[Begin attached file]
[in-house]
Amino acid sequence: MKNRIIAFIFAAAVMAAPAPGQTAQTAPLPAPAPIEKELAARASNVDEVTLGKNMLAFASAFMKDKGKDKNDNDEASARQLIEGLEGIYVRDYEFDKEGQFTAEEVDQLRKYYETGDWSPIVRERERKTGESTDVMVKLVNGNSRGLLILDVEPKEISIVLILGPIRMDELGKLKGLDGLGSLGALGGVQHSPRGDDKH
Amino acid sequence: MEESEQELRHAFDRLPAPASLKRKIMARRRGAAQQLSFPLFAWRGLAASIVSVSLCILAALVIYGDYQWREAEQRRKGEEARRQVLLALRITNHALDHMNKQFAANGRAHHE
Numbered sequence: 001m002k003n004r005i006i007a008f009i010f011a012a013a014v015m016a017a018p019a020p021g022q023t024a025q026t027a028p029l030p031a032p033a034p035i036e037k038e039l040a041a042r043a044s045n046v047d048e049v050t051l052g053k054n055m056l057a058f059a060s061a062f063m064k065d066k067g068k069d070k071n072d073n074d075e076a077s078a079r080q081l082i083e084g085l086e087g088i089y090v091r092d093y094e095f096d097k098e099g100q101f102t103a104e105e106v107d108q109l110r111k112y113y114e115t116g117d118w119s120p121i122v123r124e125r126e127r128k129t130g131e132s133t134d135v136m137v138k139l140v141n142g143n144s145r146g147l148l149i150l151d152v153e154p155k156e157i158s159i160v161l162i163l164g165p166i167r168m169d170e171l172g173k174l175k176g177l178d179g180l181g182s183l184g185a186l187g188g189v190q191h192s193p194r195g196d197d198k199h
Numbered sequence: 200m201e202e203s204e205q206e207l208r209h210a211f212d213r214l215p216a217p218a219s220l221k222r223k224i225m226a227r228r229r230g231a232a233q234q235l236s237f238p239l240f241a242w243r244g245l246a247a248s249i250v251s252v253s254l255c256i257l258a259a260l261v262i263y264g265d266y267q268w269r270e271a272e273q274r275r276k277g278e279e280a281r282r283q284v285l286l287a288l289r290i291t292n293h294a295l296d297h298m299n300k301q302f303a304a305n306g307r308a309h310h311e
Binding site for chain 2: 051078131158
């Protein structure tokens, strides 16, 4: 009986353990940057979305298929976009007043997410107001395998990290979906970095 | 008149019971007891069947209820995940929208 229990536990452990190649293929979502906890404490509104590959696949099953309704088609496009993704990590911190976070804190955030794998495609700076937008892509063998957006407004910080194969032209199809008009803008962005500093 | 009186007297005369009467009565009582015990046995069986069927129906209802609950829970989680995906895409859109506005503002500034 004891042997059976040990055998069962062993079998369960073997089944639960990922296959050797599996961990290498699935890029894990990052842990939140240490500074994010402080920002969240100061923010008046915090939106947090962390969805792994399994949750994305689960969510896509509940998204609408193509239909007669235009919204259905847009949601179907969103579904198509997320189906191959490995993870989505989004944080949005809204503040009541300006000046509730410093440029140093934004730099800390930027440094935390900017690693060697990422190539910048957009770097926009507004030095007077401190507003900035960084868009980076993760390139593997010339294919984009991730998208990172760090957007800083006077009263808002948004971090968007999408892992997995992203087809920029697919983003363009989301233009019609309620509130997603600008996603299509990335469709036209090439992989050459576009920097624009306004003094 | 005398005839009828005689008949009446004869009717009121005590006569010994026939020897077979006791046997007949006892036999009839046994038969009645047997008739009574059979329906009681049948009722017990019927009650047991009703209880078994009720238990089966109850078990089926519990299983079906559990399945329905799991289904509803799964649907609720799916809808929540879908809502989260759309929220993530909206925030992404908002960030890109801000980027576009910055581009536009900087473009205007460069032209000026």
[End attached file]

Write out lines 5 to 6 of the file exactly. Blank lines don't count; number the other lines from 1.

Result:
Numbered sequence: 200m201e202e203s204e205q206e207l208r209h210a211f212d213r214l215p216a217p218a219s220l221k222r223k224i225m226a227r228r229r230g231a232a233q234q235l236s237f238p239l240f241a242w243r244g245l246a247a248s249i250v251s252v253s254l255c256i257l258a259a260l261v262i263y264g265d266y267q268w269r270e271a272e273q274r275r276k277g278e279e280a281r282r283q284v285l286l287a288l289r290i291t292n293h294a295l296d297h298m299n300k301q302f303a304a305n306g307r308a309h310h311e
Binding site for chain 2: 051078131158